Some theologians feel that this is perhaps one of the most practical parables that Jesus ever told. It tells us that there is a hostile power in the world and that this power can skilfully camouflage itself as it goes about its business of destroying ‘good seed’, it warns us to be careful about making swift judgements on others and reminds us that God himself is the judge and a time is coming when he will exercise that right. What matters is how we will stand before Him.
Jesus speaks of an enemy so let’s not be hoodwinked into thinking that there isn’t one – that’s the greatest tactic he has – that he doesn’t exist. There is an enemy and he seeks to undermine, confuse and destroy all that God is about and doing in our lives and in the world today. The weed mentioned in the parable is ‘Darnel’. In its early stages Darnel so closely resembles wheat that it is very difficult to tell them apart. It is only when the heads appear that they can be identified, but by then the damage has been done, it has deceived the farmer and it is now too late to separate them out as the roots have become intertwined with the wheat. It must wait for the harvest.
As disciples of Jesus we need to be mindful of the spiritual soil we are in and what is growing around us and influencing our environment. It’s all too easy to suddenly find ourselves in a situation where the culture around us is beginning to dictate our growth and our spiritual health rather than the other way around. Things that at first we thought quite harmless, may suddenly reveal themselves as a threat to our spiritual health and our relationship with God himself.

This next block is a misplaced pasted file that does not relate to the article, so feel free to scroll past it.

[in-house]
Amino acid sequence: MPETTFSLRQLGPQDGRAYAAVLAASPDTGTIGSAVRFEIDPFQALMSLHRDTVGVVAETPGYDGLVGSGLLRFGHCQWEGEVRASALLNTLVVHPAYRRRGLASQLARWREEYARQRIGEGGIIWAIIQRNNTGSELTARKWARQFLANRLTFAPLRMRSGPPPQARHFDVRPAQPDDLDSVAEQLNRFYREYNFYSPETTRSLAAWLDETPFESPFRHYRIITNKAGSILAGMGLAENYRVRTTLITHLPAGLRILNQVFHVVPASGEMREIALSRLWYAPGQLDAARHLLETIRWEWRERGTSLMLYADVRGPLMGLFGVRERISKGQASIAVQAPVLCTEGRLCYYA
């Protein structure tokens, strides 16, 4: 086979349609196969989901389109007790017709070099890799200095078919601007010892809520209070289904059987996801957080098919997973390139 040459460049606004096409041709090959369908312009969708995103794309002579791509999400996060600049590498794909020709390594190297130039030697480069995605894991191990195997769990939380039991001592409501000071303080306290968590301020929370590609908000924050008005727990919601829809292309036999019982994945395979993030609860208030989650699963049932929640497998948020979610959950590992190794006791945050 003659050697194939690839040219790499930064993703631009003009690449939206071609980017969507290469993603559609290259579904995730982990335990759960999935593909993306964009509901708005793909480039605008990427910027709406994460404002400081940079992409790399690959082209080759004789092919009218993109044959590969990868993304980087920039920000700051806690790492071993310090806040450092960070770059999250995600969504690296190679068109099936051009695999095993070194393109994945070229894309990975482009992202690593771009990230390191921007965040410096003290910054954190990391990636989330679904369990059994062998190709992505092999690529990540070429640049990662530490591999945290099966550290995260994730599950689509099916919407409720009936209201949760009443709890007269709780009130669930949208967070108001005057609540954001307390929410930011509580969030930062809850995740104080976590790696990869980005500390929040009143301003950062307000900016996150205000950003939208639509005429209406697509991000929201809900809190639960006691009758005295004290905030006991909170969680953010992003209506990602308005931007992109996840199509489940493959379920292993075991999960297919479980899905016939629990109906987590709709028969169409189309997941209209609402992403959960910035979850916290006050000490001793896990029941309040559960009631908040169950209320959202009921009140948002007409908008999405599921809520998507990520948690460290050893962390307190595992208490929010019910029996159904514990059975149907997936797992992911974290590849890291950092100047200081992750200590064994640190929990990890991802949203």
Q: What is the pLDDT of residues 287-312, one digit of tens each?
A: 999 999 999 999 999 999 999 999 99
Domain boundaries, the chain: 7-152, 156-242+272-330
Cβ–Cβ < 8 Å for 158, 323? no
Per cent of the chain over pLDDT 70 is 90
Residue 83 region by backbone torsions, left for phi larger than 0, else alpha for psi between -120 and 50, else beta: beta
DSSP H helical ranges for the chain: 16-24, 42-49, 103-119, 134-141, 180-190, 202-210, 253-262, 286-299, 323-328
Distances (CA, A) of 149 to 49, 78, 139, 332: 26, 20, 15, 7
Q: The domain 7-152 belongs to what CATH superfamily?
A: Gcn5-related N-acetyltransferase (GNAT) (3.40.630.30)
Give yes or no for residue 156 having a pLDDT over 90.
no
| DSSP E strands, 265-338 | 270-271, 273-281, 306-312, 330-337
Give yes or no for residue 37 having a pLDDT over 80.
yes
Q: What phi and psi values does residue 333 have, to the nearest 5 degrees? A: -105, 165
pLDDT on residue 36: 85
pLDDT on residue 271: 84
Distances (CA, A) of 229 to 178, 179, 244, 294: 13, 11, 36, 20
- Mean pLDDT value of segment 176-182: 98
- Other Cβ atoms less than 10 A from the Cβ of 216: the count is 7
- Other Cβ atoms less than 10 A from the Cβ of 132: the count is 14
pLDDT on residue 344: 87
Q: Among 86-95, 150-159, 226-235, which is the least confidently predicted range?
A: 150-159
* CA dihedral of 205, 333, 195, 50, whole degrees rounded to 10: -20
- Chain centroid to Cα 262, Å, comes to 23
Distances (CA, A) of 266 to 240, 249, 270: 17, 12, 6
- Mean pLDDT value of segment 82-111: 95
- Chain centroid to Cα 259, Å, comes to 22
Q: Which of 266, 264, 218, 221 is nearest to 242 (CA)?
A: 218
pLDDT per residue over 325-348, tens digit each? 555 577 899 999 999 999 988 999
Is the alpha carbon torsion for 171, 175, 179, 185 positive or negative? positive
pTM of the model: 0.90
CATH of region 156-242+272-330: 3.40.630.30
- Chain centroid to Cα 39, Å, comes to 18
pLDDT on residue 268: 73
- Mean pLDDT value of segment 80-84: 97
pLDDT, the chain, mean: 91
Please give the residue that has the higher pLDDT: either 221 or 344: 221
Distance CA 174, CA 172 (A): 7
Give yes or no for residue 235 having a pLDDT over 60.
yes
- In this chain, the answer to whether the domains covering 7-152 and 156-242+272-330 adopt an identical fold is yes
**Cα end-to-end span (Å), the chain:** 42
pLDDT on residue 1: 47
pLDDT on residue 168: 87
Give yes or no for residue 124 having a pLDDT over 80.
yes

When my wife left her teaching post last year she was given an apple tree from her class as a gift. A few weeks ago, I cleared and prepared some land in the back-garden ready to plant it but then events took over and the tree remained in its pot until this week when I had an opportunity to place it in its new home. When I re-approached the ground, it was completely covered with weeds, thistles, grass and nettles. All the good work had been undone because I had left the ground unattended and had ignored its need. I then had to spend many more hours of very slow labour digging up the weeds by the root, in an attempt to ensure that they would not reappear.
The weeds had taken over the good soil and if we’re not vigilant the same can happen in our lives. We can allow negative attitudes such as greed, bitterness, envy, selfishness etc, attitudes that have got nothing to do with God’s desire for our lives, to take hold and to begin to suffocate God’s best for us; for many, the enemy smothers out the very reality of God’s existence and His love for us. We can become swift to pass judgement on one another and lethargic to the idea of prayer, worship and studying His word; anaesthetised to the reality that one day we will all meet God, and it is He and He alone who will pass judgement on our lives.
What will matter then is whether we lived our lives in and for Christ and have been made righteous (right) with God through his son Jesus. It’s a decision we make and this is the hope that Paul refers to in his letter to the church in Rome.